class JavaParentClass {

int x = 50;

public void welcomeParent(){

System.out.println(“I am in parent class”);

}

}

class JavaInheritance extends JavaParentClass {

int y = 20;

public void welcomeChild(){

System.out.println(“I am in child class”);

}

public static void main(String args[])
{

JavaInheritance c = new JavaInheritance();
c.welcomeParent();
System.out.println(“Value of x is ” + c.x);
c.welcomeChild();
System.out.println(“Value of y is ” + c.y);

}

}

Output

I am in parent class
Value of x is 50
I am in child class
Value of y is 20

super keyword

It is same as this keyword but it is used to access/invoke the members of super class. It differentiate parent class and child class methods with same names. Also it can be used in sub class to invoke the constructor of parent class.

Example

class JavaParentClass{

public void welcome(){

System.out.println(“I am in super class”);

}

}

public class JavaSuperExample extends JavaParentClass {

public void welcome(){

System.out.println(“I am in child class”);

}

public void display(){

JavaSuperExample obj = new JavaSuperExample();
obj.welcome();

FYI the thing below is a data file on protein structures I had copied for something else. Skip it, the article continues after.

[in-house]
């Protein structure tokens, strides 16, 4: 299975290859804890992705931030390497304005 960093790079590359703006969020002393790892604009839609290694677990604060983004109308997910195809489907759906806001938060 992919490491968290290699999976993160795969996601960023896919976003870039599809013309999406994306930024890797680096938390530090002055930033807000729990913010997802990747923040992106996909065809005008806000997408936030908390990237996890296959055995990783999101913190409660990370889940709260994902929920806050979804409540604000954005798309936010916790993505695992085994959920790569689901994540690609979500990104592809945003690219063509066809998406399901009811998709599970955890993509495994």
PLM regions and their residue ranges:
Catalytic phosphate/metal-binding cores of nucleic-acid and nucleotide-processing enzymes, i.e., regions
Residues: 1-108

//invoking super class method
super.welcome();

}

public static void main(String args[]){

JavaSuperExample obj = new JavaSuperExample();

obj.display();

}

}

Output

I am in child class
I am in super class

Java Method Overriding

Method overriding is a feature which allow a subclass to rewrite the implementation of a method already provided by the super class. The overriding is used to define a behavior that is specific to the sub class. When a class inherits a method then there is possibility to override the functionality of that method which means it was not marked final in super class.

Method Overriding Example

class Employee{

//defining office timing for all employees

public void OfficeTiming(){

System.out.println(“The office timing is 9am to 5pm”);

}

}

public class CustomerServiceRepresentative extends Employee{

//redefining office timing for customer service representatives

public void OfficeTiming(){

System.out.println(“The office timing is 6am to 2pm”);

}

public static void main(String args[]){

CustomerServiceRepresentative emp_csr = new CustomerServiceRepresentative();

emp_csr.OfficeTiming();

}

}

Output

The office timing is 6am to 2pm

Method Overriding Rules

  • The method name should be exactly the same as of overridden method
  • The method return type should be same or sub type of overridden method’s return type
  • The argument list and type should be exactly same as of overridden method
  • The access level should not be more restrictive than access level of overridden method
  • The method should not be written final